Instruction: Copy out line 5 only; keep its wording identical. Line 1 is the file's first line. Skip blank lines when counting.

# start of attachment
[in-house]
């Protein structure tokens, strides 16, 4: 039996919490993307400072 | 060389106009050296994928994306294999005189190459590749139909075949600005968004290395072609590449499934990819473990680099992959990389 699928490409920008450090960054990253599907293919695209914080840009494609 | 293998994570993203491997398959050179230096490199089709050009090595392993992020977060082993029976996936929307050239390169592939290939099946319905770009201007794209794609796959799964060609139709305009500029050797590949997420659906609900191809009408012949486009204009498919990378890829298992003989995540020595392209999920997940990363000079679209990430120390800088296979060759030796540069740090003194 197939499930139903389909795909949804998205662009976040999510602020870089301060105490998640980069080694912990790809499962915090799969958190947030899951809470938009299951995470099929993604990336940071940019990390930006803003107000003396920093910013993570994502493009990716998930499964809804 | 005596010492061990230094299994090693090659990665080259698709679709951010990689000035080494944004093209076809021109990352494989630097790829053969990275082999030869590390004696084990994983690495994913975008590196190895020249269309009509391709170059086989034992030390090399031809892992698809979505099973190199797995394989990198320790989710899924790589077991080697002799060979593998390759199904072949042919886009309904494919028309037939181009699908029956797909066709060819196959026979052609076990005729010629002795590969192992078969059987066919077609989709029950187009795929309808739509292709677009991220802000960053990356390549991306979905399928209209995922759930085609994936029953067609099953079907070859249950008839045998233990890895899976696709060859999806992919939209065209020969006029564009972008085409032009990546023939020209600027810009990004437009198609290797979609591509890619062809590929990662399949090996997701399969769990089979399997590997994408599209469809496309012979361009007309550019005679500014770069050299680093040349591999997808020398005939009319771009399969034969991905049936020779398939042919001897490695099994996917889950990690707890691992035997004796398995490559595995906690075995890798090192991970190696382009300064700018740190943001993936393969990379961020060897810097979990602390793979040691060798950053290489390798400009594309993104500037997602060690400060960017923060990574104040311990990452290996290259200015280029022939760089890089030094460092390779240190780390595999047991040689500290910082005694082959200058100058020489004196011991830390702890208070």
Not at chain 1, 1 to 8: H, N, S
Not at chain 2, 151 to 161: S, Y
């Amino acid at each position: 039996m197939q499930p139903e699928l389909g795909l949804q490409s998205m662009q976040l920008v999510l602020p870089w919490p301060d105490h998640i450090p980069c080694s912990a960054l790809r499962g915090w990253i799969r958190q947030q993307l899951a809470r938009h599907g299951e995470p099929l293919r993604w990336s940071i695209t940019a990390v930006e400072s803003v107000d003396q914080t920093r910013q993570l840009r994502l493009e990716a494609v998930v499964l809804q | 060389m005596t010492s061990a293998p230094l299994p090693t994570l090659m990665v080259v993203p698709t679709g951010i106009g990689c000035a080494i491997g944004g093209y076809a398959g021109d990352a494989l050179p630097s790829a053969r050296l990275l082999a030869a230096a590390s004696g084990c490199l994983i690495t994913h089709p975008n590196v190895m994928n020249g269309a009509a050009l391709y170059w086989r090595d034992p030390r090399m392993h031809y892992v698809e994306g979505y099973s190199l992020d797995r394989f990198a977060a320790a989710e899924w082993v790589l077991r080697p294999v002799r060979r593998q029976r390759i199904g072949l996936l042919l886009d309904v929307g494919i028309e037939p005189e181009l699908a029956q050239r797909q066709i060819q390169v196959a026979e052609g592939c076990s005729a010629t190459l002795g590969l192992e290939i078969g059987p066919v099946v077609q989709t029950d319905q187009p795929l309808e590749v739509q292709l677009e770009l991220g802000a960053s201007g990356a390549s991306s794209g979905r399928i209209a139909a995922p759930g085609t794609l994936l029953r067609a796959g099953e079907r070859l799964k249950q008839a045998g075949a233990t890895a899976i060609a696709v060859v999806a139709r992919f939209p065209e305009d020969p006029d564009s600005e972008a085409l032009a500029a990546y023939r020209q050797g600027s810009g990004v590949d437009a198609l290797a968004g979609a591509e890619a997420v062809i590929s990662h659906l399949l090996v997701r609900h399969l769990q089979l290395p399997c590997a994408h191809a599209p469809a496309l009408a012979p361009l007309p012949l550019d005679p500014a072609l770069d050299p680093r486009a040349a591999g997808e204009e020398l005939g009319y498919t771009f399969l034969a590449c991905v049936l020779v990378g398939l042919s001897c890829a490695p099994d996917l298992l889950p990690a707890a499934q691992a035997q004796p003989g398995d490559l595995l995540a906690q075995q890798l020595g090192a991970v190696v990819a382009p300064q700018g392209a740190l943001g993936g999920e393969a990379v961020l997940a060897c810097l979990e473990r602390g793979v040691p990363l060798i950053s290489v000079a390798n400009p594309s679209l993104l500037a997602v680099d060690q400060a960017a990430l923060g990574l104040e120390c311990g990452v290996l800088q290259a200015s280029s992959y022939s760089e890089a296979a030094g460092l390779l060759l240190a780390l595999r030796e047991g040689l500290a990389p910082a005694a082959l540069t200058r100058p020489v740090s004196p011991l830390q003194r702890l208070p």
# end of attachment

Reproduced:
């Amino acid at each position: 039996m197939q499930p139903e699928l389909g795909l949804q490409s998205m662009q976040l920008v999510l602020p870089w919490p301060d105490h998640i450090p980069c080694s912990a960054l790809r499962g915090w990253i799969r958190q947030q993307l899951a809470r938009h599907g299951e995470p099929l293919r993604w990336s940071i695209t940019a990390v930006e400072s803003v107000d003396q914080t920093r910013q993570l840009r994502l493009e990716a494609v998930v499964l809804q | 060389m005596t010492s061990a293998p230094l299994p090693t994570l090659m990665v080259v993203p698709t679709g951010i106009g990689c000035a080494i491997g944004g093209y076809a398959g021109d990352a494989l050179p630097s790829a053969r050296l990275l082999a030869a230096a590390s004696g084990c490199l994983i690495t994913h089709p975008n590196v190895m994928n020249g269309a009509a050009l391709y170059w086989r090595d034992p030390r090399m392993h031809y892992v698809e994306g979505y099973s190199l992020d797995r394989f990198a977060a320790a989710e899924w082993v790589l077991r080697p294999v002799r060979r593998q029976r390759i199904g072949l996936l042919l886009d309904v929307g494919i028309e037939p005189e181009l699908a029956q050239r797909q066709i060819q390169v196959a026979e052609g592939c076990s005729a010629t190459l002795g590969l192992e290939i078969g059987p066919v099946v077609q989709t029950d319905q187009p795929l309808e590749v739509q292709l677009e770009l991220g802000a960053s201007g990356a390549s991306s794209g979905r399928i209209a139909a995922p759930g085609t794609l994936l029953r067609a796959g099953e079907r070859l799964k249950q008839a045998g075949a233990t890895a899976i060609a696709v060859v999806a139709r992919f939209p065209e305009d020969p006029d564009s600005e972008a085409l032009a500029a990546y023939r020209q050797g600027s810009g990004v590949d437009a198609l290797a968004g979609a591509e890619a997420v062809i590929s990662h659906l399949l090996v997701r609900h399969l769990q089979l290395p399997c590997a994408h191809a599209p469809a496309l009408a012979p361009l007309p012949l550019d005679p500014a072609l770069d050299p680093r486009a040349a591999g997808e204009e020398l005939g009319y498919t771009f399969l034969a590449c991905v049936l020779v990378g398939l042919s001897c890829a490695p099994d996917l298992l889950p990690a707890a499934q691992a035997q004796p003989g398995d490559l595995l995540a906690q075995q890798l020595g090192a991970v190696v990819a382009p300064q700018g392209a740190l943001g993936g999920e393969a990379v961020l997940a060897c810097l979990e473990r602390g793979v040691p990363l060798i950053s290489v000079a390798n400009p594309s679209l993104l500037a997602v680099d060690q400060a960017a990430l923060g990574l104040e120390c311990g990452v290996l800088q290259a200015s280029s992959y022939s760089e890089a296979a030094g460092l390779l060759l240190a780390l595999r030796e047991g040689l500290a990389p910082a005694a082959l540069t200058r100058p020489v740090s004196p011991l830390q003194r702890l208070p």